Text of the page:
BackboneFast detects indirect failures in the core of the backbone. BackboneFast is a complementary technology to the UplinkFast feature, which responds to failures on links directly connected to access switches. BackboneFast optimizes the maximum-age timer, which controls the amount of time the switch stores protocol information received on an interface. When a switch receives an inferior BPDU from the designated port of another switch, the BPDU is a signal that the other switch might have lost its path to the root, and BackboneFast tries to find an alternate path to the root.
BackboneFast starts when a root port or blocked interface on a switch receives inferior BPDUs from its designated switch. An inferior BPDU identifies a switch that declares itself as both the root bridge and the designated switch. When a switch receives an inferior BPDU, it means that a link to which the switch is not directly connected (an indirect link) has failed (that is, the designated switch has lost its connection to the root switch). Under spanning-tree rules, the switch ignores inferior BPDUs for the maximum aging time (default is 20 seconds).
The switch tries to find if it has an alternate path to the root switch. If the inferior BPDU arrives on a blocked interface, the root port and other blocked interfaces on the switch become alternate paths to the root switch. (Self-looped ports are not considered alternate paths to the root switch.) If the inferior BPDU arrives on the root port, all blocked interfaces become alternate paths to the root switch. If the inferior BPDU arrives on the root port and there are no blocked interfaces, the switch assumes that it has lost connectivity to the root switch, causes the maximum aging time on the root port to expire, and becomes the root switch according to normal spanning-tree rules.
If the switch has alternate paths to the root switch, it uses these alternate paths to send a root link query (RLQ) request. The switch sends the RLQ request on all alternate paths to learn if any stack member has an alternate root to the root switch and waits for an RLQ reply from other switches in the network and in the stack. The switch sends the RLQ request on all alternate paths and waits for an RLQ reply from other switches in the network.
When a stack member receives an RLQ reply from a nonstack member on a blocked interface and the reply is destined for another nonstacked switch, it forwards the reply packet, regardless of the spanning-tree interface state.
When a stack member receives an RLQ reply from a nonstack member and the response is destined for the stack, the stack member forwards the reply so that all the other stack members receive it.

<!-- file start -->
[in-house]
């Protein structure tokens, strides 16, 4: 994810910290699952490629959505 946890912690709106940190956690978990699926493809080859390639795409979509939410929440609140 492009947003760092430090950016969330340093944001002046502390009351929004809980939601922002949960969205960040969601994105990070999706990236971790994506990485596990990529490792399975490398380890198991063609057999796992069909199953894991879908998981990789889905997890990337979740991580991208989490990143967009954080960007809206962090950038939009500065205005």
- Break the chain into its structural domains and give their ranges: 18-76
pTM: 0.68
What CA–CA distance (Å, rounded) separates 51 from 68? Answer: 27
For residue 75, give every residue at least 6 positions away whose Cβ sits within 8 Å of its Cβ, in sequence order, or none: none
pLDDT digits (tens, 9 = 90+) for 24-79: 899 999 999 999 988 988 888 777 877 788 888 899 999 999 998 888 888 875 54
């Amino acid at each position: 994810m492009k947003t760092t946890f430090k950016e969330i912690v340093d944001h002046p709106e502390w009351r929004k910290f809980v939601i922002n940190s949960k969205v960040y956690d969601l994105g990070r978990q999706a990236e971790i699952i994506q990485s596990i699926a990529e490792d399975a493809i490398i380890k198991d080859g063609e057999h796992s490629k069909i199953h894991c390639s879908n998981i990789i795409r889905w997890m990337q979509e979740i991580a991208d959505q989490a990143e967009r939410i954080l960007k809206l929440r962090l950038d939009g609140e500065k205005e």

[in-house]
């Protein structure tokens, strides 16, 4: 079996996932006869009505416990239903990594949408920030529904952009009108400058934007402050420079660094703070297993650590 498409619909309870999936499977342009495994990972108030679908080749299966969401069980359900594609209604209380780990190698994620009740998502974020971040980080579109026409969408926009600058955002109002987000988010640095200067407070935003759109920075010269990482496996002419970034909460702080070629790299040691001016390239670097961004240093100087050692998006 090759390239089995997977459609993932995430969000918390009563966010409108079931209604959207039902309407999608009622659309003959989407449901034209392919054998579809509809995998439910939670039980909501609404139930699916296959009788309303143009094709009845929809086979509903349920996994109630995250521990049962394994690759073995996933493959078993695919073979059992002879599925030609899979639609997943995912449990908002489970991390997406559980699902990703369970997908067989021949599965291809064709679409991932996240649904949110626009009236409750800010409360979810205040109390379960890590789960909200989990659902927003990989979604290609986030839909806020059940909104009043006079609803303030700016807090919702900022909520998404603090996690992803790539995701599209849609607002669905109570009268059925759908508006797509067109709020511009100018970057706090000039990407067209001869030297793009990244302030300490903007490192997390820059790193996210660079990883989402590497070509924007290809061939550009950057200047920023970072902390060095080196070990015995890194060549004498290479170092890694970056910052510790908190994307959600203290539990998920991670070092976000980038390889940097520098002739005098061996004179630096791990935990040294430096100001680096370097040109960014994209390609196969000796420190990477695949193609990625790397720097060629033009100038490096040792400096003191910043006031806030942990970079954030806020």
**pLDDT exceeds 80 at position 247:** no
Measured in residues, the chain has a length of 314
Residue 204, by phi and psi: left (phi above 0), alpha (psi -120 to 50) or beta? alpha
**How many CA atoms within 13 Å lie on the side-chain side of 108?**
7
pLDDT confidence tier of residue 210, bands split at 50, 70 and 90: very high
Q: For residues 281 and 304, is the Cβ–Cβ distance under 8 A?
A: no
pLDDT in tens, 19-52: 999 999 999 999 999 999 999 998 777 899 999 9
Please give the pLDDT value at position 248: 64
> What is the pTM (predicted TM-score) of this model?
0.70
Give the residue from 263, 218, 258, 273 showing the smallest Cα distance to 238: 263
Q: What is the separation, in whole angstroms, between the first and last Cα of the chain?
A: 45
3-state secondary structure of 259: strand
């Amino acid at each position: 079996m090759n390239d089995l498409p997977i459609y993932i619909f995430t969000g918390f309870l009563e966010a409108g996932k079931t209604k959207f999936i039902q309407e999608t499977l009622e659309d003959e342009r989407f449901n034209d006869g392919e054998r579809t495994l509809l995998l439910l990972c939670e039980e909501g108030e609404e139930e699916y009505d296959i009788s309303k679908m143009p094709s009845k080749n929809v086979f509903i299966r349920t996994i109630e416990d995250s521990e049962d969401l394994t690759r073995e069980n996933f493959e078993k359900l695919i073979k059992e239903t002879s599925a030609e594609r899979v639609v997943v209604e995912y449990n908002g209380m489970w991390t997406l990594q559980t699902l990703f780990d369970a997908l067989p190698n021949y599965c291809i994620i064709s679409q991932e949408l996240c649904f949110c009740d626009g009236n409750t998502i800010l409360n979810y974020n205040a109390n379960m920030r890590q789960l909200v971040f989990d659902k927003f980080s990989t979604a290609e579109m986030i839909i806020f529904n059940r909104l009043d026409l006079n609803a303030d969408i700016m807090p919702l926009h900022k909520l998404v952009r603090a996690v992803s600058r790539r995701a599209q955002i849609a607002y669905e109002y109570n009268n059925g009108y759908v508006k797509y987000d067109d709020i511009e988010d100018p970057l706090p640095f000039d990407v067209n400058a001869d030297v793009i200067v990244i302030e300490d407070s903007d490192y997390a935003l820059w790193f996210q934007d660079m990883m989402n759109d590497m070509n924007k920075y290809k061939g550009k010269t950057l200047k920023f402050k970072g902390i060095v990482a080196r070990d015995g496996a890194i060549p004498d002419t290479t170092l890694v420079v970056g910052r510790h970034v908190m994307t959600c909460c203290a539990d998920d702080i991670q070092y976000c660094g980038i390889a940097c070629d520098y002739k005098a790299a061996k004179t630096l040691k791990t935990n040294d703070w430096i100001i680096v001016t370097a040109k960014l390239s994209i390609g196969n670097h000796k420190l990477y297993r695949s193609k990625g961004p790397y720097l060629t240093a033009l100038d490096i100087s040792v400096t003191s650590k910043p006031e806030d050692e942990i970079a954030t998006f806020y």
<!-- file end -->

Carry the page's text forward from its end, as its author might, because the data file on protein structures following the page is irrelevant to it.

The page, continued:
If the switch discovers that it still has an alternate path to the root, it expires the maximum aging time on the interface that received the inferior BPDU. If all the alternate paths to the root switch indicate that the switch has lost connectivity to the root switch, the switch expires the maximum aging time on the interface that received the RLQ reply. If one or more alternate paths can still connect to the root switch, the switch makes all interfaces on which it received an inferior BPDU its designated ports and moves them from the blocking state (if they were in the blocking state), through the listening and learning states, and into the forwarding state.
Figure 6. BackboneFast Example Before Indirect Link Failure.
This is an example topology with no link failures. Switch A, the root switch, connects directly to Switch B over link L1 and to Switch C over link L2. The Layer 2 interface on Switch C that connects directly to Switch B is in the blocking state.
Figure 7. BackboneFast Example After Indirect Link Failure.
If link L1 fails, Switch C cannot detect this failure because it is not connected directly to link L1. However, because Switch B is directly connected to the root switch over L1, it detects the failure, elects itself the root, and begins sending BPDUs to Switch C, identifying itself as the root. When Switch C receives the inferior BPDUs from Switch B, Switch C assumes that an indirect failure has occurred. At that point, BackboneFast allows the blocked interface on Switch C to move immediately to the listening state without waiting for the maximum aging time for the interface to expire. BackboneFast then transitions the Layer 2 interface on Switch C to the forwarding state, providing a path from Switch B to Switch A. The root-switch election takes approximately 30 seconds, twice the Forward Delay time if the default Forward Delay time of 15 seconds is set. BackboneFast reconfigures the topology to account for the failure of link L1.
Figure 8. Adding a Switch in a Shared-Medium Topology.
If a new switch is introduced into a shared-medium topology, BackboneFast is not activated because the inferior BPDUs did not come from the recognized designated switch (Switch B). The new switch begins sending inferior BPDUs that indicate it is the root switch. However, the other switches ignore these inferior BPDUs, and the new switch learns that Switch B is the designated switch to Switch A, the root switch.